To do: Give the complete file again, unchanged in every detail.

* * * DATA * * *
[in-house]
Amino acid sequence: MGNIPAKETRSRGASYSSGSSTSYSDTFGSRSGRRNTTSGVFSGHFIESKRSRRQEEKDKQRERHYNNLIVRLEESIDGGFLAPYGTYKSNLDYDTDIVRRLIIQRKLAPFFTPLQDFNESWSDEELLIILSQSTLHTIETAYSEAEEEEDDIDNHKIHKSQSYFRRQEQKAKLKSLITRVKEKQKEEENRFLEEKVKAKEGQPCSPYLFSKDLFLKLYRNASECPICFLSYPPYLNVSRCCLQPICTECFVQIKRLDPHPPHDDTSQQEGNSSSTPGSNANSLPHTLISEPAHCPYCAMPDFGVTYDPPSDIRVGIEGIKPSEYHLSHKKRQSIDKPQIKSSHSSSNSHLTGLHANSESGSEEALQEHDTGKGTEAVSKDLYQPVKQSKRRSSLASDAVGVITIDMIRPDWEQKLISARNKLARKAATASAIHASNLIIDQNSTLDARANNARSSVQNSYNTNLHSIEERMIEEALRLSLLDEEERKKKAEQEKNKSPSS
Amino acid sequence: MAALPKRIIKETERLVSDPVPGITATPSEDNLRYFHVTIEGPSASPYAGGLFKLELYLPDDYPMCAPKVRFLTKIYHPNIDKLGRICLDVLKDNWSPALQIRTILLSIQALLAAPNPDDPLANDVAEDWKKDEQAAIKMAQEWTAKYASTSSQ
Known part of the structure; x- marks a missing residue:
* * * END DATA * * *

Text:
[in-house]
Amino acid sequence: MGNIPAKETRSRGASYSSGSSTSYSDTFGSRSGRRNTTSGVFSGHFIESKRSRRQEEKDKQRERHYNNLIVRLEESIDGGFLAPYGTYKSNLDYDTDIVRRLIIQRKLAPFFTPLQDFNESWSDEELLIILSQSTLHTIETAYSEAEEEEDDIDNHKIHKSQSYFRRQEQKAKLKSLITRVKEKQKEEENRFLEEKVKAKEGQPCSPYLFSKDLFLKLYRNASECPICFLSYPPYLNVSRCCLQPICTECFVQIKRLDPHPPHDDTSQQEGNSSSTPGSNANSLPHTLISEPAHCPYCAMPDFGVTYDPPSDIRVGIEGIKPSEYHLSHKKRQSIDKPQIKSSHSSSNSHLTGLHANSESGSEEALQEHDTGKGTEAVSKDLYQPVKQSKRRSSLASDAVGVITIDMIRPDWEQKLISARNKLARKAATASAIHASNLIIDQNSTLDARANNARSSVQNSYNTNLHSIEERMIEEALRLSLLDEEERKKKAEQEKNKSPSS
Amino acid sequence: MAALPKRIIKETERLVSDPVPGITATPSEDNLRYFHVTIEGPSASPYAGGLFKLELYLPDDYPMCAPKVRFLTKIYHPNIDKLGRICLDVLKDNWSPALQIRTILLSIQALLAAPNPDDPLANDVAEDWKKDEQAAIKMAQEWTAKYASTSSQ
Known part of the structure; x- marks a missing residue: